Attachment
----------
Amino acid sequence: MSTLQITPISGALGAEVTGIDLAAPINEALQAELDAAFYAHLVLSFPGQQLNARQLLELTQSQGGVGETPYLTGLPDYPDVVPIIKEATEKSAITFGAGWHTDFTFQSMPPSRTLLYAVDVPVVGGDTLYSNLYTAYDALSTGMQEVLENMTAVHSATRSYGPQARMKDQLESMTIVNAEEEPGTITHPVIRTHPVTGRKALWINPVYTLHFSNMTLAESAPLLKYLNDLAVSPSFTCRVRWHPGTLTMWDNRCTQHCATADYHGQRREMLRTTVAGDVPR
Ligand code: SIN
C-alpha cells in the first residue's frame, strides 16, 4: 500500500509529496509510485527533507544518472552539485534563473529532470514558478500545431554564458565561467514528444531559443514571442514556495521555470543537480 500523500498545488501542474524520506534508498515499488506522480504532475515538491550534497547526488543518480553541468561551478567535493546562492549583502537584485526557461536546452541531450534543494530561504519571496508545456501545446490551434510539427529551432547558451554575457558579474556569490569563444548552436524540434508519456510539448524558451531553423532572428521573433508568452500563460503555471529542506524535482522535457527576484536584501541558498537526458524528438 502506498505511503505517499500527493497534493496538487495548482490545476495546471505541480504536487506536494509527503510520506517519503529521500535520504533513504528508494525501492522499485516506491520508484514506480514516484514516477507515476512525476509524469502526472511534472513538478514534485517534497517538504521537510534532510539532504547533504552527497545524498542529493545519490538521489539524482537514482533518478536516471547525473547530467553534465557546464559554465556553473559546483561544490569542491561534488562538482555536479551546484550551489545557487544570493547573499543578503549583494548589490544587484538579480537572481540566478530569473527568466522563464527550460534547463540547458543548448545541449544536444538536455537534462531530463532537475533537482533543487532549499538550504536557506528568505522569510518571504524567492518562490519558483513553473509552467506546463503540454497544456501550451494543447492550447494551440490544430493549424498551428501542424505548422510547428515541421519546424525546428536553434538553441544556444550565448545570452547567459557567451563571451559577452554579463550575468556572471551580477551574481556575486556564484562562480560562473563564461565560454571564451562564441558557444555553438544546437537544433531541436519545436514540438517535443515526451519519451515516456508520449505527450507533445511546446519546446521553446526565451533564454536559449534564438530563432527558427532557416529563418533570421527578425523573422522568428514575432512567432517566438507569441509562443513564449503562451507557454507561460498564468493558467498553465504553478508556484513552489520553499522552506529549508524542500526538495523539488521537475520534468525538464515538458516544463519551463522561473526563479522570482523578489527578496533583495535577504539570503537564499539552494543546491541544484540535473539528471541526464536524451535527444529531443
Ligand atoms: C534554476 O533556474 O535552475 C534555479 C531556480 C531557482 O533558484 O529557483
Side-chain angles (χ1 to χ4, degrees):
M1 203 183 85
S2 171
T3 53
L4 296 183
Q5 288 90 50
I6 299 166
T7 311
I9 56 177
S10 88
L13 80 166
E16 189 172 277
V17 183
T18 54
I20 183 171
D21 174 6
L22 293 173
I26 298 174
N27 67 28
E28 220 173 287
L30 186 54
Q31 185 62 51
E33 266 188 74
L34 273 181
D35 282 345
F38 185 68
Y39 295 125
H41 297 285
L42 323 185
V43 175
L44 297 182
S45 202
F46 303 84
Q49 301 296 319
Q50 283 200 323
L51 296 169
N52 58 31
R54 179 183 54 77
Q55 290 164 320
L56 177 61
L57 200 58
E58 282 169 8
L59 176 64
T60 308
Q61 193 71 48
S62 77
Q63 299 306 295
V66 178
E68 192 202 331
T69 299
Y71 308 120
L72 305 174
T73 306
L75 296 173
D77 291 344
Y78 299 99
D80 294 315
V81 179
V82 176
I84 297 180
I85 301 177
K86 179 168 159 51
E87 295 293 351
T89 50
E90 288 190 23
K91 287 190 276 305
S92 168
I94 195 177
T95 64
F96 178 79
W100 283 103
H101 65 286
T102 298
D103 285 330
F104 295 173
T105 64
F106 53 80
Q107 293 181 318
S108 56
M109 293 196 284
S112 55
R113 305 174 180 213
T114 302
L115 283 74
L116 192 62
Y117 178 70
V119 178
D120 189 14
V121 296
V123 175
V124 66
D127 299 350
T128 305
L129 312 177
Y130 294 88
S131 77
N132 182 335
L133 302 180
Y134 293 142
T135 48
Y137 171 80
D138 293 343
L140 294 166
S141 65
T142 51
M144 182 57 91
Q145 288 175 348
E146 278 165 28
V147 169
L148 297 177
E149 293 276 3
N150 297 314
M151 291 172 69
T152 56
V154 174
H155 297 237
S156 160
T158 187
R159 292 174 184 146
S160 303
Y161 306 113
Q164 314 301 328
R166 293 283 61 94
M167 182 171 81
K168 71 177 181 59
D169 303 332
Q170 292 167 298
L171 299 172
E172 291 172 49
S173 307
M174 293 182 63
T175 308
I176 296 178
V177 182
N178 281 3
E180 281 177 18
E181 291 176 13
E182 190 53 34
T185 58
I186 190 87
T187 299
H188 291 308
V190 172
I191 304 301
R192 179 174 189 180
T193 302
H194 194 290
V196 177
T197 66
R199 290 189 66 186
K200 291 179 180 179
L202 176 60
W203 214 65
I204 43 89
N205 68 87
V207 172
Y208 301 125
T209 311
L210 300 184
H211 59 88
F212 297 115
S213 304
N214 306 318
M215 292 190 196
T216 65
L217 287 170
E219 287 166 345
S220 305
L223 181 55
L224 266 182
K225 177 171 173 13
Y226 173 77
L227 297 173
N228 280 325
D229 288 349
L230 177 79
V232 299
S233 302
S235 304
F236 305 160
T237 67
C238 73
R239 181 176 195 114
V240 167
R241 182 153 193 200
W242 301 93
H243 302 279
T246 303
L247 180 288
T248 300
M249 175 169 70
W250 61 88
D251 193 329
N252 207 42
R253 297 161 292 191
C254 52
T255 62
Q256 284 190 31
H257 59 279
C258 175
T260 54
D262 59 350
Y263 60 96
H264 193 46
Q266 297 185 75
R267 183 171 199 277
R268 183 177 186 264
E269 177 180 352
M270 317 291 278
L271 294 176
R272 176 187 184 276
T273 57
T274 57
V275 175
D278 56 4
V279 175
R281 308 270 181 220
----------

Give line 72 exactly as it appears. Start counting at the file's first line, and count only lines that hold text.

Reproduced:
I94 195 177